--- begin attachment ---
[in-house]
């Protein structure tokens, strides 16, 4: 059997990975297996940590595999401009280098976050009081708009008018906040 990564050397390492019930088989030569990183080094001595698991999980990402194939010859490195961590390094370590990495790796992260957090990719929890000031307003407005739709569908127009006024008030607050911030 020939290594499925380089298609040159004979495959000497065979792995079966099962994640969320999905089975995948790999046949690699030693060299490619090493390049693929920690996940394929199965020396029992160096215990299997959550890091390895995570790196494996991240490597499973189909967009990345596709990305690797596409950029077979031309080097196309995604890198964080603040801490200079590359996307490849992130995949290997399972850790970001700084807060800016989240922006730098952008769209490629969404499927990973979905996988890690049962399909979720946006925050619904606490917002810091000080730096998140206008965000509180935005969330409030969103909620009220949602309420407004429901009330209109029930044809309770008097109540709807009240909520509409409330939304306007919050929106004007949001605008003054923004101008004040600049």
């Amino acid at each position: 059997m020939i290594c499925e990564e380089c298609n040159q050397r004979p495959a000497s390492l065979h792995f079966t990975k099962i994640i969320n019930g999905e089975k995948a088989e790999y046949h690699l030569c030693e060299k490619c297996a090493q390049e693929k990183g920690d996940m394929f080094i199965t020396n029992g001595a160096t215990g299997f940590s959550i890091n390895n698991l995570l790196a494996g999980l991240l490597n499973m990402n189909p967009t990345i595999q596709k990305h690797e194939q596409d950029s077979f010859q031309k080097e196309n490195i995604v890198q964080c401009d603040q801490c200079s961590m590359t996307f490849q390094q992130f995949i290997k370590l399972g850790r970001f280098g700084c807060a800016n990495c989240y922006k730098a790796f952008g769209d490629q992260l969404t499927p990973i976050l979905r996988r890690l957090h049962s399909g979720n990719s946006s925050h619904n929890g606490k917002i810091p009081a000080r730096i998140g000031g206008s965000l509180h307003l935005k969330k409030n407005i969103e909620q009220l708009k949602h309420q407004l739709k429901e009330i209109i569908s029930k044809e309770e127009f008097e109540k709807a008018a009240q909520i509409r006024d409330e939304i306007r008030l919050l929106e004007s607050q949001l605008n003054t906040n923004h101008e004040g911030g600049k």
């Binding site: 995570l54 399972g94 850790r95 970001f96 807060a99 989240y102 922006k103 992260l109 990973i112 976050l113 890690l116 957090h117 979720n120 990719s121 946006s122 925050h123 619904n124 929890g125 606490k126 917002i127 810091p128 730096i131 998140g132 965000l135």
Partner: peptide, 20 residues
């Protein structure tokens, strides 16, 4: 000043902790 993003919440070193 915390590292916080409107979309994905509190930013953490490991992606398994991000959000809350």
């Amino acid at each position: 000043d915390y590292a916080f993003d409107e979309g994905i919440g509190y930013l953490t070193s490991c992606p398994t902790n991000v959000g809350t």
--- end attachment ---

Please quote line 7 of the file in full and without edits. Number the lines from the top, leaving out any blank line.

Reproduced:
């Amino acid at each position: 000043d915390y590292a916080f993003d409107e979309g994905i919440g509190y930013l953490t070193s490991c992606p398994t902790n991000v959000g809350t």